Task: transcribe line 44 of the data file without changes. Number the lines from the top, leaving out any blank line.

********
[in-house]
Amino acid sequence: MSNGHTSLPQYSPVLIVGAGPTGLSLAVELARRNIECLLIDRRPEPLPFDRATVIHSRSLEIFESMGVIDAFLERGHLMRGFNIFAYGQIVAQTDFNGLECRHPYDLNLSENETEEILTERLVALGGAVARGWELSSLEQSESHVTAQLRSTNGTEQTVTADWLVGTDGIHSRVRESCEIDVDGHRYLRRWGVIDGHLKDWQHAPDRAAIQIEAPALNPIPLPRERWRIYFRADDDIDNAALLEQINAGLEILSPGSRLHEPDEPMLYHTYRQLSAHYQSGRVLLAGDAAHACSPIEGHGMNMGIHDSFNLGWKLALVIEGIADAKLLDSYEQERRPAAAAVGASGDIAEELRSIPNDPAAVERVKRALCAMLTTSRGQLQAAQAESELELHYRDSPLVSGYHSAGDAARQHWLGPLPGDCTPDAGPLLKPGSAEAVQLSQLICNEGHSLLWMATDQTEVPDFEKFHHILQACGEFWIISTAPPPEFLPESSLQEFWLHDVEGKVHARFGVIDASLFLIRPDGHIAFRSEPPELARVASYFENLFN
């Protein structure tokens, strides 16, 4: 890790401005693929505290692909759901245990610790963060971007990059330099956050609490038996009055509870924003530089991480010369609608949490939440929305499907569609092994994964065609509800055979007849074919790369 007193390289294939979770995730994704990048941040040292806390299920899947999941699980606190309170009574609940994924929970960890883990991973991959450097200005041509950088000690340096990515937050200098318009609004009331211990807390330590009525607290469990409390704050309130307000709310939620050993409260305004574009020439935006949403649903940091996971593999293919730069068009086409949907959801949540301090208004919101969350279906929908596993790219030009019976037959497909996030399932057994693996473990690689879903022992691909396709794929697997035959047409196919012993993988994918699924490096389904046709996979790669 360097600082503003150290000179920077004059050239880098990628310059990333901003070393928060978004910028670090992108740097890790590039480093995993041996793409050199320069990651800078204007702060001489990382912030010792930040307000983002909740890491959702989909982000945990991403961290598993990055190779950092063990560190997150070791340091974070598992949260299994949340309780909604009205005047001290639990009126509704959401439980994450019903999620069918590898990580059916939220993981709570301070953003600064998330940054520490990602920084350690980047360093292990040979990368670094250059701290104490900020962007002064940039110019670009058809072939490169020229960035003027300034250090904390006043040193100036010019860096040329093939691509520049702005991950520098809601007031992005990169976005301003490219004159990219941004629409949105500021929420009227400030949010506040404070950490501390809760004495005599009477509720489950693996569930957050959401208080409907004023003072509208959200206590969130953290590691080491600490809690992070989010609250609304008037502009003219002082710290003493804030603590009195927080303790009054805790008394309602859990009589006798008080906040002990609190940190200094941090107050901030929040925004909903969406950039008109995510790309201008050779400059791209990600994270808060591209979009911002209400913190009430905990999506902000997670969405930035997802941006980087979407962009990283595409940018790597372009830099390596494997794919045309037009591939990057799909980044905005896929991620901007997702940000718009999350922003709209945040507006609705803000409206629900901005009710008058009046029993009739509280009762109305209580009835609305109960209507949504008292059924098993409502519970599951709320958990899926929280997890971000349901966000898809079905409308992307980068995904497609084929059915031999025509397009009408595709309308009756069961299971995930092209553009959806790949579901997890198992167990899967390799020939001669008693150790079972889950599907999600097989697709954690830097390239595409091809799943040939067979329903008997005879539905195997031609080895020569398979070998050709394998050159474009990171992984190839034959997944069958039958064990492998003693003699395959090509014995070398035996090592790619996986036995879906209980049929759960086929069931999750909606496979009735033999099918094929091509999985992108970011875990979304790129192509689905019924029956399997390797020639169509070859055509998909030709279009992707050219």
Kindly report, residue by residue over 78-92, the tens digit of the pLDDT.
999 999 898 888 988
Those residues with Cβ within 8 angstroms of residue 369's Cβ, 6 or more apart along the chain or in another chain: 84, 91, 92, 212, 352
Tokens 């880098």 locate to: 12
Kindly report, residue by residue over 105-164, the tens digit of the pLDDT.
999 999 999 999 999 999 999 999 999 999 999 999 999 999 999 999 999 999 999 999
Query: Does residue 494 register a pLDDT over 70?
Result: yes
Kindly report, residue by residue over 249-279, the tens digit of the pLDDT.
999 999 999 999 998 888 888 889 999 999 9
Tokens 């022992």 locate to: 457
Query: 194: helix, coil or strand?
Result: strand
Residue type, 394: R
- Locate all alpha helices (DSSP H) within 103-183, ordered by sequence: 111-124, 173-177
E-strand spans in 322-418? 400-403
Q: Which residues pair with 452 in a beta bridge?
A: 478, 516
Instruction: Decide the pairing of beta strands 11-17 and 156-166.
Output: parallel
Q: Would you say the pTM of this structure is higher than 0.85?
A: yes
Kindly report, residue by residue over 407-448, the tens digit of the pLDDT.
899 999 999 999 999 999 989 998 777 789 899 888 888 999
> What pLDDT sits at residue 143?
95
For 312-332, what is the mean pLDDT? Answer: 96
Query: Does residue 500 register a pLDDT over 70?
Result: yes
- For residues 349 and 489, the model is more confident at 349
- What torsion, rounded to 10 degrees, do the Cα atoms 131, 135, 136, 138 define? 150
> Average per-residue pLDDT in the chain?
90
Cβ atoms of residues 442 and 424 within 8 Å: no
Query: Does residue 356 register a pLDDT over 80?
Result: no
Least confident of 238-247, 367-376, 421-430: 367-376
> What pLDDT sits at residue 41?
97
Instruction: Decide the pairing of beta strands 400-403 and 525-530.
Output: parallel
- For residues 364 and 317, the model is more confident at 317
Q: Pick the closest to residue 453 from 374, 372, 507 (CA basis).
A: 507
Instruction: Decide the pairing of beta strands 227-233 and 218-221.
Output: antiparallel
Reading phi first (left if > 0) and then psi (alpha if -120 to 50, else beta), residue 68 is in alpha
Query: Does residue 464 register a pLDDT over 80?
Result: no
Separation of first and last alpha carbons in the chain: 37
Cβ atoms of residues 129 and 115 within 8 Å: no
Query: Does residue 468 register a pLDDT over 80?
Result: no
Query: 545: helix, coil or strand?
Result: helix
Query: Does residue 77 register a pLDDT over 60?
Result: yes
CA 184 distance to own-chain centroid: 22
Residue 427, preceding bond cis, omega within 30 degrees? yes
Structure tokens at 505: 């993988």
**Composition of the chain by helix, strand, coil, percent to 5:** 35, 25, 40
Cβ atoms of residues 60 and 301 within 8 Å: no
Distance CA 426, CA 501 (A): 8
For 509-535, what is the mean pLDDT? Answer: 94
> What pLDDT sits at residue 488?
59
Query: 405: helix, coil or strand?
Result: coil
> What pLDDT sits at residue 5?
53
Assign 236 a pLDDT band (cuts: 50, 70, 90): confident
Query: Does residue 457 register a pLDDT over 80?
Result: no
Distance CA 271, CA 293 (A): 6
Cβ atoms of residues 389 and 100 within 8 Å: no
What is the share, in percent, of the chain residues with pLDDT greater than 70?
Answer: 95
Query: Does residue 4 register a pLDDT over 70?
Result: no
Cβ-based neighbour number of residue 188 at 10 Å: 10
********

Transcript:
Output: parallel